Objective: To encourage participants to connect with nature through the sense of touch, cultivating mindfulness and a deeper appreciation for the forest environment.
Duration: 30-45 minutes
1. Gather participants in a circle and briefly explain the concept of Shinrin Yoku, emphasizing the importance of using all senses to connect with the forest.
2. Introduce the activity, explaining that the focus will be on the sense of touch. Encourage participants to be open to the experience and to approach it with curiosity.
3. Ask participants to close their eyes and take a few deep breaths, centering themselves and becoming more present in the moment.
4. Invite participants to slowly and mindfully walk through the forest, either alone or in pairs, encouraging them to maintain a comfortable distance from one another to minimize distractions.
5. As participants walk, ask them to explore the forest through their sense of touch. They can reach out and feel the textures of different surfaces, such as tree bark, leaves, moss, and stones. Remind participants to be gentle and respectful of the environment, avoiding harm to any living organisms.
6. Encourage participants to notice the sensations they experience as they touch various objects, such as the roughness or smoothness, the temperature, and the moisture level. Participants should focus on the present moment and their connection with nature.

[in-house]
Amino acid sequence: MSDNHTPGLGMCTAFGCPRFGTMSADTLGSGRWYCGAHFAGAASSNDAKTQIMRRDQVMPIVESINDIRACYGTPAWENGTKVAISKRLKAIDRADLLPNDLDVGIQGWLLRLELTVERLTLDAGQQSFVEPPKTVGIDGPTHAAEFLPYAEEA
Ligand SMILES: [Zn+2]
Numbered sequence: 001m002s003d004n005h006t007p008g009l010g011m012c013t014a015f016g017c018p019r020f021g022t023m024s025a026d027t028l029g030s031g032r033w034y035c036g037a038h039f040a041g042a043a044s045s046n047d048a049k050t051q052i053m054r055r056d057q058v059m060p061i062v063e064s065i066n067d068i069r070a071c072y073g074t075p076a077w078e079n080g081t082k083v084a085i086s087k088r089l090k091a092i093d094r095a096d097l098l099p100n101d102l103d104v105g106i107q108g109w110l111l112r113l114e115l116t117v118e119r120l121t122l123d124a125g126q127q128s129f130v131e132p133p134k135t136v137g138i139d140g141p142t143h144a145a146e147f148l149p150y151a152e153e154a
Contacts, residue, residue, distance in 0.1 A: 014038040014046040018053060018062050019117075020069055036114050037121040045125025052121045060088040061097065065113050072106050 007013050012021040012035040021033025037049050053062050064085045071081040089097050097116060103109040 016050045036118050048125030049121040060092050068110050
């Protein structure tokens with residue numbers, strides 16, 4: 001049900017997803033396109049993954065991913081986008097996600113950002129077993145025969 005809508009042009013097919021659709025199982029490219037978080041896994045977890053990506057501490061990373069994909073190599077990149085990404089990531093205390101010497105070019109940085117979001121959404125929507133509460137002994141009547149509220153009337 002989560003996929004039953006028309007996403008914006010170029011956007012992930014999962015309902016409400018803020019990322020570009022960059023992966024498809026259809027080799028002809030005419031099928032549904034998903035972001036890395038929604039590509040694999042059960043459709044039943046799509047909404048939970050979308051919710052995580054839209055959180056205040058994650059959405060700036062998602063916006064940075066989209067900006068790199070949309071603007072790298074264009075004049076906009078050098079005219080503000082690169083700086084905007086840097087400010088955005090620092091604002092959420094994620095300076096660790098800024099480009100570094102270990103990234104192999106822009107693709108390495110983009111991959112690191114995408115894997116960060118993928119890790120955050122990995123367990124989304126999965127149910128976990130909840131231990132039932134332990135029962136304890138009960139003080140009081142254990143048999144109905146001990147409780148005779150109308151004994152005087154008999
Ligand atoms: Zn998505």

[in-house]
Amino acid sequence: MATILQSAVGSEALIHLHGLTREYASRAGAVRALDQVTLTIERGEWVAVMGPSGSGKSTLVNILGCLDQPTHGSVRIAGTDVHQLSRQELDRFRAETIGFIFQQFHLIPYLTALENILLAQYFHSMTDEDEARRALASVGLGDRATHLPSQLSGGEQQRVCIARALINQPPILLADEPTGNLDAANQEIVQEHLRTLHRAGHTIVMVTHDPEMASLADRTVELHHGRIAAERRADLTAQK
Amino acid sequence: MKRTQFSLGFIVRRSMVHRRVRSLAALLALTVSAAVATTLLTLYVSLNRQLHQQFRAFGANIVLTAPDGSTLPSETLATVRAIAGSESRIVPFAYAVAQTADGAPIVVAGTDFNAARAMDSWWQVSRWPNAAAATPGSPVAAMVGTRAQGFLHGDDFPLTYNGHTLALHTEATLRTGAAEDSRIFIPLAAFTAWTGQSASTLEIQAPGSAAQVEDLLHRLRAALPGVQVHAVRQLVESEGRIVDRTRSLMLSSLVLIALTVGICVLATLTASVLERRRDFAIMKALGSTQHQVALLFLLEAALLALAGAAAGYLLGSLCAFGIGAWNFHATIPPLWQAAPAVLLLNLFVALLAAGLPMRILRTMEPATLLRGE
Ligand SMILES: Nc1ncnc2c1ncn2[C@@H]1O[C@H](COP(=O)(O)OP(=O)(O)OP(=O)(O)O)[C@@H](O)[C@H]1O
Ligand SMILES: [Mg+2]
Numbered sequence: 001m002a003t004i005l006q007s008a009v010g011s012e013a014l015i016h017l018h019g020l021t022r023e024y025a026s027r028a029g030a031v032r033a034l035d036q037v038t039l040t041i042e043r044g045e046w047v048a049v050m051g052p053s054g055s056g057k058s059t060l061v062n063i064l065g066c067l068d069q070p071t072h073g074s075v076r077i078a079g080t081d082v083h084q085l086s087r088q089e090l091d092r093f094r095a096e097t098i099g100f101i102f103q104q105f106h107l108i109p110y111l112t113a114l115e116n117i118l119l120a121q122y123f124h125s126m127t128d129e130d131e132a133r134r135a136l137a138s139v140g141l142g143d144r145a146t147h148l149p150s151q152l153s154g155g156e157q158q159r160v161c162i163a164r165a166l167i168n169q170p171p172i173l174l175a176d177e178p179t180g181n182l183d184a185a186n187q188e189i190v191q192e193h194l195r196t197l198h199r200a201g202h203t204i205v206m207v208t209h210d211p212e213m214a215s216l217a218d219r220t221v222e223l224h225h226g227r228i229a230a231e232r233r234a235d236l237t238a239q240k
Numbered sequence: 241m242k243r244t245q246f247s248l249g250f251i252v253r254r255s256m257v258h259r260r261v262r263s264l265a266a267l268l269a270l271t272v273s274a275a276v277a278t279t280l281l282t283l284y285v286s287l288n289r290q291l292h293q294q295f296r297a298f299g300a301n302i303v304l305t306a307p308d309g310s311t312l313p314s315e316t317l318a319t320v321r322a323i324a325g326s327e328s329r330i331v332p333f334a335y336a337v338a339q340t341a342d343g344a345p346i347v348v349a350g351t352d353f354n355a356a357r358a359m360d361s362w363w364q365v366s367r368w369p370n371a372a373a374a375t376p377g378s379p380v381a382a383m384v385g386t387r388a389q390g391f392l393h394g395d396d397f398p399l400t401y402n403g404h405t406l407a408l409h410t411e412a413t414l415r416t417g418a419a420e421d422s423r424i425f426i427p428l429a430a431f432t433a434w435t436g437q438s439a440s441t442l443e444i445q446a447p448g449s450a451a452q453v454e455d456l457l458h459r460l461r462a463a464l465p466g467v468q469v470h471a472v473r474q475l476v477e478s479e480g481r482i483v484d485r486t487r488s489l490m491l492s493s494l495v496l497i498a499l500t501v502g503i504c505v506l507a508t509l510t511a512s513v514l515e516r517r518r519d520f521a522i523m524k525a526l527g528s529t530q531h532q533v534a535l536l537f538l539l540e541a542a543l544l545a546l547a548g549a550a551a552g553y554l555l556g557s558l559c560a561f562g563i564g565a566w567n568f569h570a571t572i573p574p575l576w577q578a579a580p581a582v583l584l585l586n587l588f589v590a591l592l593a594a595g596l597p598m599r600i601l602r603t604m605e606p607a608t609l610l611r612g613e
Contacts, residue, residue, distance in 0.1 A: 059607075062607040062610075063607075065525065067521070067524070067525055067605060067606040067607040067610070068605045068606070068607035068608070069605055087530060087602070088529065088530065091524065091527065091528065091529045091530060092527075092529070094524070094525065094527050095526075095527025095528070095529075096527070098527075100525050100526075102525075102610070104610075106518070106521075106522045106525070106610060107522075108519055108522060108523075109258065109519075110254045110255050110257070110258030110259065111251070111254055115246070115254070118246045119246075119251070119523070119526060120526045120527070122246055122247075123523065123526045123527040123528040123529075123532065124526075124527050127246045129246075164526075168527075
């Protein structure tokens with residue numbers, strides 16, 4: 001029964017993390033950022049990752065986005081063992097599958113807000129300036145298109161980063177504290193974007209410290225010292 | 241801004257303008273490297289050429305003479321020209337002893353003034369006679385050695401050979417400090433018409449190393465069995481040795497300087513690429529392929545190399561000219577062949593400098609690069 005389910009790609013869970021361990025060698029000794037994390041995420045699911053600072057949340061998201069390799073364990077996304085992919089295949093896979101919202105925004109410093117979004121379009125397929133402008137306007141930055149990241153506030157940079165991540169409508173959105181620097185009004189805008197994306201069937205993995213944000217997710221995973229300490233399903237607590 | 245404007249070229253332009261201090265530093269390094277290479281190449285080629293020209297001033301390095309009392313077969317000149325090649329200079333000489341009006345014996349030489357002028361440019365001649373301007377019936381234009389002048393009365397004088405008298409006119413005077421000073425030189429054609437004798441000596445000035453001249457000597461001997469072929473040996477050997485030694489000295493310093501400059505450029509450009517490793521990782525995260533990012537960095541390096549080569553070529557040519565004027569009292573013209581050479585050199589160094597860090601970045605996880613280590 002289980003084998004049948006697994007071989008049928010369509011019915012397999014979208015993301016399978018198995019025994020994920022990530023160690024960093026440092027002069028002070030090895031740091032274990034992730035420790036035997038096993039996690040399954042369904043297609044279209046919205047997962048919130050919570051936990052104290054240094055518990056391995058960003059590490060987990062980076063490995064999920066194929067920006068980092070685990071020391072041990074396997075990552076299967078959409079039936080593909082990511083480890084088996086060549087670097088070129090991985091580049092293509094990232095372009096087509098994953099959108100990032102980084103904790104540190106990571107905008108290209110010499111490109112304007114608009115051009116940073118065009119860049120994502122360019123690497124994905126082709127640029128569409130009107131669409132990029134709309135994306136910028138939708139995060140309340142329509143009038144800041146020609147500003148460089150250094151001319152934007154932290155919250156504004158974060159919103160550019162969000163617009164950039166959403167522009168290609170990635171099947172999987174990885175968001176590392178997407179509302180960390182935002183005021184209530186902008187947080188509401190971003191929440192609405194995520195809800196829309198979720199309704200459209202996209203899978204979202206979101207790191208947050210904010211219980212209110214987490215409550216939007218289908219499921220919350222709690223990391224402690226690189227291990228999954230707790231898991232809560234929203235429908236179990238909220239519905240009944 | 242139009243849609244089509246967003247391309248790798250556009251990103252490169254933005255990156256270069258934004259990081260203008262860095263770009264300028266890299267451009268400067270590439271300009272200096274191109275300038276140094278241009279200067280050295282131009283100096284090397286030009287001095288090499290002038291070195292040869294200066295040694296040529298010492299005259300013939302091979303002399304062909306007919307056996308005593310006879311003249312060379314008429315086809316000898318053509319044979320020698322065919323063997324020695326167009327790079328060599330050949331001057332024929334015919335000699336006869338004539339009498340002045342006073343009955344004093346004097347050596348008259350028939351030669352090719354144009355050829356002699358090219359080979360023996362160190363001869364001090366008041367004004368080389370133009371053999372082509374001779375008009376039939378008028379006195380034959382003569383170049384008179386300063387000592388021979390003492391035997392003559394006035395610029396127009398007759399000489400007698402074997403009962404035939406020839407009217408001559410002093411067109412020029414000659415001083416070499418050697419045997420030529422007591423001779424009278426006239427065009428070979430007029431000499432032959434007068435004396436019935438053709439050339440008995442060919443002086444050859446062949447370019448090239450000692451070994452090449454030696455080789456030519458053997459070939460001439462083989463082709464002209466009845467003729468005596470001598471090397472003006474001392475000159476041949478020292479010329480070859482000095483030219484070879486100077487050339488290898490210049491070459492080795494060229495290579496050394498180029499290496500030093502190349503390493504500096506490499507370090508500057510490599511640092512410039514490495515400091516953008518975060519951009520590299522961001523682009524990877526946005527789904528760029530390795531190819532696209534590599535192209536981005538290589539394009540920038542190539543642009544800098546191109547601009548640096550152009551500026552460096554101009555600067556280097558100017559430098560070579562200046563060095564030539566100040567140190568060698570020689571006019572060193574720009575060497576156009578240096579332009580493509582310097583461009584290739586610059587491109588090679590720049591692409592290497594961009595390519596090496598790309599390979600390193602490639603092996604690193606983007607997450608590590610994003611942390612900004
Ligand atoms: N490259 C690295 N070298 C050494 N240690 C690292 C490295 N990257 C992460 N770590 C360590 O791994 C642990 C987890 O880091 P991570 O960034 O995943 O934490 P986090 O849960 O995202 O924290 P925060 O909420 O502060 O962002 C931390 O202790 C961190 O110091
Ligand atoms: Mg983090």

7. After 15-20 minutes of exploration, invite participants to find a comfortable spot to sit or stand, and spend a few minutes reflecting on their experience. They can consider questions such as: What textures or sensations stood out to them? Did any particular touch evoke a memory or emotion?
8. Gather the group back in the circle and invite participants to share their experiences, if they feel comfortable doing so. Encourage open and non-judgmental listening.
9. Conclude the activity by expressing gratitude to the forest and to the participants for their willingness to engage with the experience. Encourage participants to carry the mindfulness and connection with nature cultivated during this activity into their daily lives.
[Shinrin Yoku Guide]: Welcome everyone. Today, we will be engaging in a Shinrin Yoku activity, which is also known as forest bathing. This practice involves immersing ourselves in nature and using all of our senses to connect with the forest. Our focus today will be on the sense of touch, which can help us cultivate mindfulness and a deeper appreciation for the forest environment.
To start, please close your eyes and take a few deep breaths, allowing yourself to become centered and present in this moment. Now, I’d like to invite you to slowly and mindfully walk through the forest. You can choose to walk alone or in pairs, but please maintain a comfortable distance from one another to minimize distractions.
As you walk, I encourage you to explore the forest through your sense of touch. Reach out and feel the textures of different surfaces, such as tree bark, leaves, moss, and stones. Please remember to be gentle and respectful of the environment, avoiding harm to any living organisms.
Notice the sensations you experience as you touch various objects. Focus on the present moment and your connection with nature, observing the roughness or smoothness, the temperature, and the moisture level of each surface.